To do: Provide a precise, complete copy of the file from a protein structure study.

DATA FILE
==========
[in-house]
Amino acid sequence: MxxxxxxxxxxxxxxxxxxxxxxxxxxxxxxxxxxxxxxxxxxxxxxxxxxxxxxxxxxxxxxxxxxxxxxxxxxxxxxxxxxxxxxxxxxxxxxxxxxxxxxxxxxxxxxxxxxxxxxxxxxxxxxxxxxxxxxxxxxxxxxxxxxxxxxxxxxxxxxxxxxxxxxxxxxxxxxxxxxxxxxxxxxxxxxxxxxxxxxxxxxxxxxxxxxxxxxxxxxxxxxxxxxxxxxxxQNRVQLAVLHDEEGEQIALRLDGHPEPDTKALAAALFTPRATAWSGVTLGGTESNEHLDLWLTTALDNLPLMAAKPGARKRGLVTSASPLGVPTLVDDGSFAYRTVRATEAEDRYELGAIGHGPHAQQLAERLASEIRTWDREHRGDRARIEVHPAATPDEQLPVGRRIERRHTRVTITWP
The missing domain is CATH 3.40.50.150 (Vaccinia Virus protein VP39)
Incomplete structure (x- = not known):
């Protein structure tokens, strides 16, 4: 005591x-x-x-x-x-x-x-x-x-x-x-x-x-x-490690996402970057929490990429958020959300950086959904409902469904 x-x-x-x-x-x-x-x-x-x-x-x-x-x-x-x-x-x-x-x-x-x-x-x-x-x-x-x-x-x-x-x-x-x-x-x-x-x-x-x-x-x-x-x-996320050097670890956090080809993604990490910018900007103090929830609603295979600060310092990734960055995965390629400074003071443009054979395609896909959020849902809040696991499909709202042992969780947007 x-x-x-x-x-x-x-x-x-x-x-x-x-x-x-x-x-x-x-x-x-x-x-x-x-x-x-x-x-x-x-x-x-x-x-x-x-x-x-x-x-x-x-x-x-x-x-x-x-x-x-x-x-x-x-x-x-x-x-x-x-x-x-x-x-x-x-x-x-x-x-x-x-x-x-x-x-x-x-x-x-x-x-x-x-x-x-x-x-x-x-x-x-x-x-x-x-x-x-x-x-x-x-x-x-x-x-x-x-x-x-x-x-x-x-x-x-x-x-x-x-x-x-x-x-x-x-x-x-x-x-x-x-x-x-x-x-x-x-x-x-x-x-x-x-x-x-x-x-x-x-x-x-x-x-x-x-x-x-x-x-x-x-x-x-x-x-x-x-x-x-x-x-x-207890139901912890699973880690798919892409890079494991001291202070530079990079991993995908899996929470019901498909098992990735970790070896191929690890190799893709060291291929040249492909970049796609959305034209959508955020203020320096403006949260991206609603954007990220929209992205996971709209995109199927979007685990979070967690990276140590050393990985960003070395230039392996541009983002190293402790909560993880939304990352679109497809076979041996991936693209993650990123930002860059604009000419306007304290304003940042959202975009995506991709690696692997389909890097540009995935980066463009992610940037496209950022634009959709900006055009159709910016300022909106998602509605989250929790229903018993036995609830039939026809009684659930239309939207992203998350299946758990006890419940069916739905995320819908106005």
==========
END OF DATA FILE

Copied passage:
[in-house]
Amino acid sequence: MxxxxxxxxxxxxxxxxxxxxxxxxxxxxxxxxxxxxxxxxxxxxxxxxxxxxxxxxxxxxxxxxxxxxxxxxxxxxxxxxxxxxxxxxxxxxxxxxxxxxxxxxxxxxxxxxxxxxxxxxxxxxxxxxxxxxxxxxxxxxxxxxxxxxxxxxxxxxxxxxxxxxxxxxxxxxxxxxxxxxxxxxxxxxxxxxxxxxxxxxxxxxxxxxxxxxxxxxxxxxxxxxxxxxxxxxQNRVQLAVLHDEEGEQIALRLDGHPEPDTKALAAALFTPRATAWSGVTLGGTESNEHLDLWLTTALDNLPLMAAKPGARKRGLVTSASPLGVPTLVDDGSFAYRTVRATEAEDRYELGAIGHGPHAQQLAERLASEIRTWDREHRGDRARIEVHPAATPDEQLPVGRRIERRHTRVTITWP
The missing domain is CATH 3.40.50.150 (Vaccinia Virus protein VP39)
Incomplete structure (x- = not known):
């Protein structure tokens, strides 16, 4: 005591x-x-x-x-x-x-x-x-x-x-x-x-x-x-490690996402970057929490990429958020959300950086959904409902469904 x-x-x-x-x-x-x-x-x-x-x-x-x-x-x-x-x-x-x-x-x-x-x-x-x-x-x-x-x-x-x-x-x-x-x-x-x-x-x-x-x-x-x-x-996320050097670890956090080809993604990490910018900007103090929830609603295979600060310092990734960055995965390629400074003071443009054979395609896909959020849902809040696991499909709202042992969780947007 x-x-x-x-x-x-x-x-x-x-x-x-x-x-x-x-x-x-x-x-x-x-x-x-x-x-x-x-x-x-x-x-x-x-x-x-x-x-x-x-x-x-x-x-x-x-x-x-x-x-x-x-x-x-x-x-x-x-x-x-x-x-x-x-x-x-x-x-x-x-x-x-x-x-x-x-x-x-x-x-x-x-x-x-x-x-x-x-x-x-x-x-x-x-x-x-x-x-x-x-x-x-x-x-x-x-x-x-x-x-x-x-x-x-x-x-x-x-x-x-x-x-x-x-x-x-x-x-x-x-x-x-x-x-x-x-x-x-x-x-x-x-x-x-x-x-x-x-x-x-x-x-x-x-x-x-x-x-x-x-x-x-x-x-x-x-x-x-x-x-x-x-x-x-207890139901912890699973880690798919892409890079494991001291202070530079990079991993995908899996929470019901498909098992990735970790070896191929690890190799893709060291291929040249492909970049796609959305034209959508955020203020320096403006949260991206609603954007990220929209992205996971709209995109199927979007685990979070967690990276140590050393990985960003070395230039392996541009983002190293402790909560993880939304990352679109497809076979041996991936693209993650990123930002860059604009000419306007304290304003940042959202975009995506991709690696692997389909890097540009995935980066463009992610940037496209950022634009959709900006055009159709910016300022909106998602509605989250929790229903018993036995609830039939026809009684659930239309939207992203998350299946758990006890419940069916739905995320819908106005």